For months, rumors have percolated through the tech media that Amazon was working on a digital assistant with a screen. On May 9, that scuttlebutt came true when the e-commerce giant unveiled the Echo Show, a boxy device with a seven-inch screen.
Amazon plans on shipping the Echo Show on June 28; it will cost $229.99. Features include video calling, a touch-screen, smart-home controls, and access to streaming-music services such as Spotify and Pandora.
Previous iterations of the Amazon Echo lacked a screen; if you wanted to interface with Alexa, the cloud-based software that serves as the Echo’s “brain,” you needed to speak to it. That proved a useful method of interaction in certain circumstances: if you didn’t want to stand up and walk over to the device, for example, or couldn’t tap a button because your hands were full, the Echo could still answer your shouted queries.
But the lack of a screen hobbled the Echo in other ways. It couldn’t display directions, or recipes, or movie times, or any of a thousand other types of information someone might need in the course of a given day. In that context, it seemed inevitable that a future iteration would feature a screen of some sort.
Before Amazon rolled out the Echo Show, at least one rival criticized the lack of a display as a core failing. “The idea of not having a screen, I don’t think suits many situations,” Apple SVP Phil Schiller told NDTV. “I think voice assistants are incredibly powerful, their intelligence is going to grow, they’re gonna do more for us, but the role of the screen is gonna remain very important to all of this.”
Despite those critiques about UX, Microsoft and Google both jumped aboard the screen-free digital-assistant bandwagon, announcing the Invoke and Google Home (respectively). Although Amazon controls 70 percent of the voice-enabled speaker market in the U.S., according to new data from eMarketer, Google has managed to seize 23.8 percent. The question now is whether these tech giants will add displays to their own products—and given the tit-for-tat nature of the consumer-tech industry, that seems likely.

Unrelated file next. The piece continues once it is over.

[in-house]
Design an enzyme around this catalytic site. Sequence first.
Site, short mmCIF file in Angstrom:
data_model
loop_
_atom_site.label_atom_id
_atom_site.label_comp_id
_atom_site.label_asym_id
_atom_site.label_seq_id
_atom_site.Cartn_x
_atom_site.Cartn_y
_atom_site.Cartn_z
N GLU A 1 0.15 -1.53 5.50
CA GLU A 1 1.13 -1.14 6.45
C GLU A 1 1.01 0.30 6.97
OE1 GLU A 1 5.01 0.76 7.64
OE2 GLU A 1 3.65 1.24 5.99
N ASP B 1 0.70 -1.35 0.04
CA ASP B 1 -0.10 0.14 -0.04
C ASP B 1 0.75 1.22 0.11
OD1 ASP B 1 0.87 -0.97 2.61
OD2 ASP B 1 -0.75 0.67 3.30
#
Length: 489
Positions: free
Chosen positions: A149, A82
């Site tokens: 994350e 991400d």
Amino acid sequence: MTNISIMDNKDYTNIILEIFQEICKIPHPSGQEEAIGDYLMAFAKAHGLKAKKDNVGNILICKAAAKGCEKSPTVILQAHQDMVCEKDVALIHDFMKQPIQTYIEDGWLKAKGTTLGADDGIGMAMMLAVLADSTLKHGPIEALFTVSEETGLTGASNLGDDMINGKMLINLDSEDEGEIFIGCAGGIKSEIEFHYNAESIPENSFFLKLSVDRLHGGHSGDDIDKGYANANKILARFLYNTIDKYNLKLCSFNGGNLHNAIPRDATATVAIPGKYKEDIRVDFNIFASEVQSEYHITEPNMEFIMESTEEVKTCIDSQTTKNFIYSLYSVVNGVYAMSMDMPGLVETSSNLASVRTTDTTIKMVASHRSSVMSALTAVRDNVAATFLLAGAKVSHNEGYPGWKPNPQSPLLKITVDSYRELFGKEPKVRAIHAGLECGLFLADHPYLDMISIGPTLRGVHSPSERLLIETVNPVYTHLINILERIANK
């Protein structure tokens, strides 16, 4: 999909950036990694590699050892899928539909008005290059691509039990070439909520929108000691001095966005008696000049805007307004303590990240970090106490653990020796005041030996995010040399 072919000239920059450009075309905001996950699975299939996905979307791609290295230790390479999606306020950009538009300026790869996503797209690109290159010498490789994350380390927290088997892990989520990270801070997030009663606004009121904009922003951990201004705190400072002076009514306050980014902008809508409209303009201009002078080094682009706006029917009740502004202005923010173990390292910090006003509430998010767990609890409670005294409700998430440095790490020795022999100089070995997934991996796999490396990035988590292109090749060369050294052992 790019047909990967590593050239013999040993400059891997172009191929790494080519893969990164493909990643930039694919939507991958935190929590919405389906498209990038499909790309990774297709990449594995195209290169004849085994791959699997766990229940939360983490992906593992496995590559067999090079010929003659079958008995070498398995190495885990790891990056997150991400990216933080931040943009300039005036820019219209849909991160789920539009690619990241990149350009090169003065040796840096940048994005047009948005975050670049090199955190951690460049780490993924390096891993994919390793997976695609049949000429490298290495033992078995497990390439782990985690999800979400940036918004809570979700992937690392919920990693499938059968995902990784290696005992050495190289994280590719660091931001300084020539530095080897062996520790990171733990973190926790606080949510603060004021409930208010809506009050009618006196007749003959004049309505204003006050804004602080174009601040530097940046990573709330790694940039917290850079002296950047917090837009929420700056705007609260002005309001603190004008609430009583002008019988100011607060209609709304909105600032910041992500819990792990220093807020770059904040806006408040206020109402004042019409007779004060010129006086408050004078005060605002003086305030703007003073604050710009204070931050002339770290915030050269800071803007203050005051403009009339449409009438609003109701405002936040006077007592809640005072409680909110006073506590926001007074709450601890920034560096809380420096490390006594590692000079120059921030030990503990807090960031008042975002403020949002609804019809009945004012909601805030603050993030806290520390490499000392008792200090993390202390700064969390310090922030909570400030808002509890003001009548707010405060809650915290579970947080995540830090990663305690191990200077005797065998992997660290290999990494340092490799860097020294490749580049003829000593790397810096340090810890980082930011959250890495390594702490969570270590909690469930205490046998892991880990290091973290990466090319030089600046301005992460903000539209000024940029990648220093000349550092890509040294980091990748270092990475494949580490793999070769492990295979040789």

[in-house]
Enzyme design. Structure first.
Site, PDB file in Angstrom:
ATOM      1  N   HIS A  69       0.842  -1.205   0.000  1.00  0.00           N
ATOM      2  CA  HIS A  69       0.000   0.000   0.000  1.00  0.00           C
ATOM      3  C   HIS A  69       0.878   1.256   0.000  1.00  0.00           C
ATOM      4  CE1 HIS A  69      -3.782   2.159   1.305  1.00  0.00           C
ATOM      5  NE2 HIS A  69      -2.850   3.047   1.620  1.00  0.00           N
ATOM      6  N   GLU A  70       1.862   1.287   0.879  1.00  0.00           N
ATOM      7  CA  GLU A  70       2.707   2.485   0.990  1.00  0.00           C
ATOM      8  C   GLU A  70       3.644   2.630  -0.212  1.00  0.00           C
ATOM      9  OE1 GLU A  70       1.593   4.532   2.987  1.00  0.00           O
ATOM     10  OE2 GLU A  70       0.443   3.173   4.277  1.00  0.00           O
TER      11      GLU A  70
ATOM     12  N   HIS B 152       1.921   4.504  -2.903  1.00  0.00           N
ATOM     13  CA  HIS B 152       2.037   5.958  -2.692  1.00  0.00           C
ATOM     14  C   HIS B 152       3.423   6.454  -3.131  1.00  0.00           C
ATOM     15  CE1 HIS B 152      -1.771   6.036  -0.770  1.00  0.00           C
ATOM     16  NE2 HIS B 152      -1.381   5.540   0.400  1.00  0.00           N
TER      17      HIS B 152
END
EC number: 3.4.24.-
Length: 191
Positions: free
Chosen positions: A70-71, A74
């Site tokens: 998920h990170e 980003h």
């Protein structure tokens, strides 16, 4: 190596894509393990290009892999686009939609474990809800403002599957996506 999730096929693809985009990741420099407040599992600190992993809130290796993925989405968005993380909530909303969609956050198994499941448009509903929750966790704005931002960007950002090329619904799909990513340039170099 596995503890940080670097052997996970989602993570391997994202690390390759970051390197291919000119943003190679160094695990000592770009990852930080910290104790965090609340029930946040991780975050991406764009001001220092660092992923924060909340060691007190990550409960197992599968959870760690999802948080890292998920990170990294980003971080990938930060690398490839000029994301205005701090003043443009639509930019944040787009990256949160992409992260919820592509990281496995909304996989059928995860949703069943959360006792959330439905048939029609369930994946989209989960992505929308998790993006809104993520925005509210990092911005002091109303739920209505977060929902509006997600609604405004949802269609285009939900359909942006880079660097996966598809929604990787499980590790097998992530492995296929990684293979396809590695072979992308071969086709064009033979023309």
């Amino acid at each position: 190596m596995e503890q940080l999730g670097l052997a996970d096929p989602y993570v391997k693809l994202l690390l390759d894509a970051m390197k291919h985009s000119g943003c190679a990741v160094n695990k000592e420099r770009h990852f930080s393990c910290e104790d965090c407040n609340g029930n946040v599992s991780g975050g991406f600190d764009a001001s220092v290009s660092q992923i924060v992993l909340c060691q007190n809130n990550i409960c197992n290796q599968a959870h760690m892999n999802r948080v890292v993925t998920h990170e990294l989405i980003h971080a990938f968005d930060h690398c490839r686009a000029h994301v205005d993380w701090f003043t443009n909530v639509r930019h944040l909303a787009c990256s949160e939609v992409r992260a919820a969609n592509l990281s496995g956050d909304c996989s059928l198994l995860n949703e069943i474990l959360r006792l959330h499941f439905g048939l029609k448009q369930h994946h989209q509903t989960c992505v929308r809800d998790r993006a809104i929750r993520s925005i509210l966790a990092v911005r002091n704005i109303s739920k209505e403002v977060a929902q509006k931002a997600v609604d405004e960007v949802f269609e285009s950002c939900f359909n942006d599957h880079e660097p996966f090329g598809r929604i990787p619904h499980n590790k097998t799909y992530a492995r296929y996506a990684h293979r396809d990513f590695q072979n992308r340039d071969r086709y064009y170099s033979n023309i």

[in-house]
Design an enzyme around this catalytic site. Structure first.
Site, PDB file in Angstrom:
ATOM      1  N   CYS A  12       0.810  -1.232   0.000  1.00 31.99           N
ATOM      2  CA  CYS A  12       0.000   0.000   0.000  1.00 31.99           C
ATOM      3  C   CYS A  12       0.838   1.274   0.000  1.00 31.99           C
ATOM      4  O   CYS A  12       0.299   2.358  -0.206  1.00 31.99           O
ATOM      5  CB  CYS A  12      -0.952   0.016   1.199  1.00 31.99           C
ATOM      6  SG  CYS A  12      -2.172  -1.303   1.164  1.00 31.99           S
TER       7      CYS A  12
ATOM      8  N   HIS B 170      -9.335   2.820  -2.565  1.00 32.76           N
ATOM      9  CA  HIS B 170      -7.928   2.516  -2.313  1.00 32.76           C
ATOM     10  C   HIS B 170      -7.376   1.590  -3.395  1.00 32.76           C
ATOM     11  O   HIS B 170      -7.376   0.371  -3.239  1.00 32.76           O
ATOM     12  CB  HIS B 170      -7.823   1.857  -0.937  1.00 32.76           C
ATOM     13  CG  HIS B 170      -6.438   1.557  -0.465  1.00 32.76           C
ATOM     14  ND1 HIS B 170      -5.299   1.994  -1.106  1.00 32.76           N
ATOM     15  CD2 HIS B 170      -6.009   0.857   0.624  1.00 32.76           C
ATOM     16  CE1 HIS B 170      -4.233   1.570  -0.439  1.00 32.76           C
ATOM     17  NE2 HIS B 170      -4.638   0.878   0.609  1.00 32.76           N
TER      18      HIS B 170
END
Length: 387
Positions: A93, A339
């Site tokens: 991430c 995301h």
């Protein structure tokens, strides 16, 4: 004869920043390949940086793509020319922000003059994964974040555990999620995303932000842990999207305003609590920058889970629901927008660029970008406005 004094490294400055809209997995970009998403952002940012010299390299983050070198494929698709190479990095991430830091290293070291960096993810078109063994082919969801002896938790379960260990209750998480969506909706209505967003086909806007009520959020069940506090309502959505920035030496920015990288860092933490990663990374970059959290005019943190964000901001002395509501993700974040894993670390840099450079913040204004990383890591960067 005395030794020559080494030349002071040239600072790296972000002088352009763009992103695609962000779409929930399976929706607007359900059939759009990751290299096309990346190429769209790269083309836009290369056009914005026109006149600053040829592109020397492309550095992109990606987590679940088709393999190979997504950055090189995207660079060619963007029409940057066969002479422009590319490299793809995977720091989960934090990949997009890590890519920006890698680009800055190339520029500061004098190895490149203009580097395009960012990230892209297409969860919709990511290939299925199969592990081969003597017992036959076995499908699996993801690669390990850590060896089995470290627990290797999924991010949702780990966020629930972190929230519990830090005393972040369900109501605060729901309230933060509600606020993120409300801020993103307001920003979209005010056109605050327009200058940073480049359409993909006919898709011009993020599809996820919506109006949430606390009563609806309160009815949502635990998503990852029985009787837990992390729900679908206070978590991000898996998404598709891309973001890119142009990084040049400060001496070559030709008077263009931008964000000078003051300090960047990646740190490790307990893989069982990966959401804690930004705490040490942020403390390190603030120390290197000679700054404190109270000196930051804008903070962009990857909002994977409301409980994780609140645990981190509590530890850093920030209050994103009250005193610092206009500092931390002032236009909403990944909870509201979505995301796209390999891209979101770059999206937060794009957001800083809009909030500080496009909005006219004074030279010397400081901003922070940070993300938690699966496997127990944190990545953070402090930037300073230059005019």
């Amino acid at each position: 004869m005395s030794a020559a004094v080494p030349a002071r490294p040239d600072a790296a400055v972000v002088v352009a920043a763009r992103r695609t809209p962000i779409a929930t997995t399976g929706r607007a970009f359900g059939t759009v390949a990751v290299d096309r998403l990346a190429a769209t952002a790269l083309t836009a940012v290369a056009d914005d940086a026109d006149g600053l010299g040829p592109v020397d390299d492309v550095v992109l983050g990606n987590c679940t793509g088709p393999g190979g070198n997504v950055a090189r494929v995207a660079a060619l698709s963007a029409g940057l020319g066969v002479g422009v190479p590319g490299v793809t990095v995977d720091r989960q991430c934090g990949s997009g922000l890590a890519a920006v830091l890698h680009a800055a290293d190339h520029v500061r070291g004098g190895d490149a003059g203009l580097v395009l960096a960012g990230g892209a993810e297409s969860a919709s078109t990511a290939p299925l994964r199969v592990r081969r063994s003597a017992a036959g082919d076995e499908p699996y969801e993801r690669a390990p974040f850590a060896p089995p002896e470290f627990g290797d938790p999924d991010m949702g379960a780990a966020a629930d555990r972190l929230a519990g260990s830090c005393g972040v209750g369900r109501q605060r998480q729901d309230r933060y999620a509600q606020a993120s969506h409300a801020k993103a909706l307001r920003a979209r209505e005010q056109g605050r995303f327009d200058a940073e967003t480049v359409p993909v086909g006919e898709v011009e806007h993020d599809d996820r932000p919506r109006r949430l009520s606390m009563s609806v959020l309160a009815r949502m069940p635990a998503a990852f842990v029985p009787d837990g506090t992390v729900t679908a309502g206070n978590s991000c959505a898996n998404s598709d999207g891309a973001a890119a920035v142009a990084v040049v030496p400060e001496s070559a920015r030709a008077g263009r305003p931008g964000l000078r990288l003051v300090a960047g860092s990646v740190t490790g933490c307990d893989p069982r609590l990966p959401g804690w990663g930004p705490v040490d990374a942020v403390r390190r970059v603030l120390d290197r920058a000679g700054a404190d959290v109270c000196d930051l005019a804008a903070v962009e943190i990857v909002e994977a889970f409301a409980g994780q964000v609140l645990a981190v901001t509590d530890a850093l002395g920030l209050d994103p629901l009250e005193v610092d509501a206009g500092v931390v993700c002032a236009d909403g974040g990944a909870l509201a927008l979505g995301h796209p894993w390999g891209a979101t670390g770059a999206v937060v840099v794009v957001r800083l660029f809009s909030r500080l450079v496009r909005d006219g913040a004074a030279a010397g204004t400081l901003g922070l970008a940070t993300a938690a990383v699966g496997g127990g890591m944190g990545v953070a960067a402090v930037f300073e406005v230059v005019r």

The prospect of digital assistants with screens begs another question: is this an ecosystem that will open up more to third-party developers? While the original Echo boasted a high number of third-party integrations (especially in terms of its connected-home functionality), a screen opens up opportunities for apps and games. (Amazon hasn’t been forthcoming about its plans for Echo Show apps, although its developer site does offer a tutorial on building “skill cards” for Alexa.)
While some developers and tech pros are doubtlessly salivating at the prospect of a whole new ecosystem—and millions of potential customers—digital assistants could prove a difficult medium for existing apps. For starters, these devices aren’t designed for sustained interaction; the user is meant to engage relatively briefly. That instantly precludes many categories of productive and “fun” apps.
Second, the Echo Show lacks a physical keyboard, and despite the touch-screen, Amazon seems determined to retain voice as the primary means of interaction. That could likewise limit the functionality of any apps.
It’s also questionable whether users will rely on digital assistants for apps when they already own a smartphone, tablet, laptop, and Internet-enabled television. Nonetheless, if these platforms are opened up, chances are good that at least some developers will find a way to build apps for them. At least for the moment, those “skill cards” seem the most likely route for putting visual content on the Echo Show.